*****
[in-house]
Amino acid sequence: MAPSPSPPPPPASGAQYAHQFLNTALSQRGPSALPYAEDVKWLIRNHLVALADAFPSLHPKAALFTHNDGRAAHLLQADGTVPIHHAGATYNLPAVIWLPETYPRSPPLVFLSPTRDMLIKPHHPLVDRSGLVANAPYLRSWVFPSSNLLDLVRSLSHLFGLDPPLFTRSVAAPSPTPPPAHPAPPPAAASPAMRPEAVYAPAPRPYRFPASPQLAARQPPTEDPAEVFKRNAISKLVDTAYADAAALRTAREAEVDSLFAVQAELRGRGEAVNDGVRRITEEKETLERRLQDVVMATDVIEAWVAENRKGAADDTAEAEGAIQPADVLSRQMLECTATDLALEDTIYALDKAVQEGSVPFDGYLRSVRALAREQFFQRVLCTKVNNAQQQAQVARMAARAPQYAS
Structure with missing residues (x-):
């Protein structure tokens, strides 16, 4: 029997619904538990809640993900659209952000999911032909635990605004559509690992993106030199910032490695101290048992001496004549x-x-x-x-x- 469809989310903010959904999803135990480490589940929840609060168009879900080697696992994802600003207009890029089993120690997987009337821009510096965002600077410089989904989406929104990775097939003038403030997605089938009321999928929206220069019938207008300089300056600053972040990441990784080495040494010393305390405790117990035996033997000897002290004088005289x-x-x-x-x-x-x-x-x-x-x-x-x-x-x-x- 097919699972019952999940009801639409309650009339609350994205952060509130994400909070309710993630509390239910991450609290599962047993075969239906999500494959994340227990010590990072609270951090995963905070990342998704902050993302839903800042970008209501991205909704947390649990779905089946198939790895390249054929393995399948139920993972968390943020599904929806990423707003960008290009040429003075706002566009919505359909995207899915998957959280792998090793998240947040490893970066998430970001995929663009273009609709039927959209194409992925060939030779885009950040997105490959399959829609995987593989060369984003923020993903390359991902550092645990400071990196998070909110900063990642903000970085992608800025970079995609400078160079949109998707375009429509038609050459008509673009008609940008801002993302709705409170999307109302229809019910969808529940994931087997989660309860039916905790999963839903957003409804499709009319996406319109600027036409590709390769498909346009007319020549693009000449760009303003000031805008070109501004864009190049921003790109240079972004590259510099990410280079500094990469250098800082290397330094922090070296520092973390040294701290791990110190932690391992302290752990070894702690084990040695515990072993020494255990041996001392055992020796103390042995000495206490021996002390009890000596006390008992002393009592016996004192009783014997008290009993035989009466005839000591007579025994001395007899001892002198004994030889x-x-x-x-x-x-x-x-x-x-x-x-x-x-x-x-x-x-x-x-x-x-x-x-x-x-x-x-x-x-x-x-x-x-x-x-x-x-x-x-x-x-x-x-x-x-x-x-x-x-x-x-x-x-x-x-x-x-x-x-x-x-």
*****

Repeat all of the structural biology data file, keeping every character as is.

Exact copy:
[in-house]
Amino acid sequence: MAPSPSPPPPPASGAQYAHQFLNTALSQRGPSALPYAEDVKWLIRNHLVALADAFPSLHPKAALFTHNDGRAAHLLQADGTVPIHHAGATYNLPAVIWLPETYPRSPPLVFLSPTRDMLIKPHHPLVDRSGLVANAPYLRSWVFPSSNLLDLVRSLSHLFGLDPPLFTRSVAAPSPTPPPAHPAPPPAAASPAMRPEAVYAPAPRPYRFPASPQLAARQPPTEDPAEVFKRNAISKLVDTAYADAAALRTAREAEVDSLFAVQAELRGRGEAVNDGVRRITEEKETLERRLQDVVMATDVIEAWVAENRKGAADDTAEAEGAIQPADVLSRQMLECTATDLALEDTIYALDKAVQEGSVPFDGYLRSVRALAREQFFQRVLCTKVNNAQQQAQVARMAARAPQYAS
Structure with missing residues (x-):
């Protein structure tokens, strides 16, 4: 029997619904538990809640993900659209952000999911032909635990605004559509690992993106030199910032490695101290048992001496004549x-x-x-x-x- 469809989310903010959904999803135990480490589940929840609060168009879900080697696992994802600003207009890029089993120690997987009337821009510096965002600077410089989904989406929104990775097939003038403030997605089938009321999928929206220069019938207008300089300056600053972040990441990784080495040494010393305390405790117990035996033997000897002290004088005289x-x-x-x-x-x-x-x-x-x-x-x-x-x-x-x- 097919699972019952999940009801639409309650009339609350994205952060509130994400909070309710993630509390239910991450609290599962047993075969239906999500494959994340227990010590990072609270951090995963905070990342998704902050993302839903800042970008209501991205909704947390649990779905089946198939790895390249054929393995399948139920993972968390943020599904929806990423707003960008290009040429003075706002566009919505359909995207899915998957959280792998090793998240947040490893970066998430970001995929663009273009609709039927959209194409992925060939030779885009950040997105490959399959829609995987593989060369984003923020993903390359991902550092645990400071990196998070909110900063990642903000970085992608800025970079995609400078160079949109998707375009429509038609050459008509673009008609940008801002993302709705409170999307109302229809019910969808529940994931087997989660309860039916905790999963839903957003409804499709009319996406319109600027036409590709390769498909346009007319020549693009000449760009303003000031805008070109501004864009190049921003790109240079972004590259510099990410280079500094990469250098800082290397330094922090070296520092973390040294701290791990110190932690391992302290752990070894702690084990040695515990072993020494255990041996001392055992020796103390042995000495206490021996002390009890000596006390008992002393009592016996004192009783014997008290009993035989009466005839000591007579025994001395007899001892002198004994030889x-x-x-x-x-x-x-x-x-x-x-x-x-x-x-x-x-x-x-x-x-x-x-x-x-x-x-x-x-x-x-x-x-x-x-x-x-x-x-x-x-x-x-x-x-x-x-x-x-x-x-x-x-x-x-x-x-x-x-x-x-x-």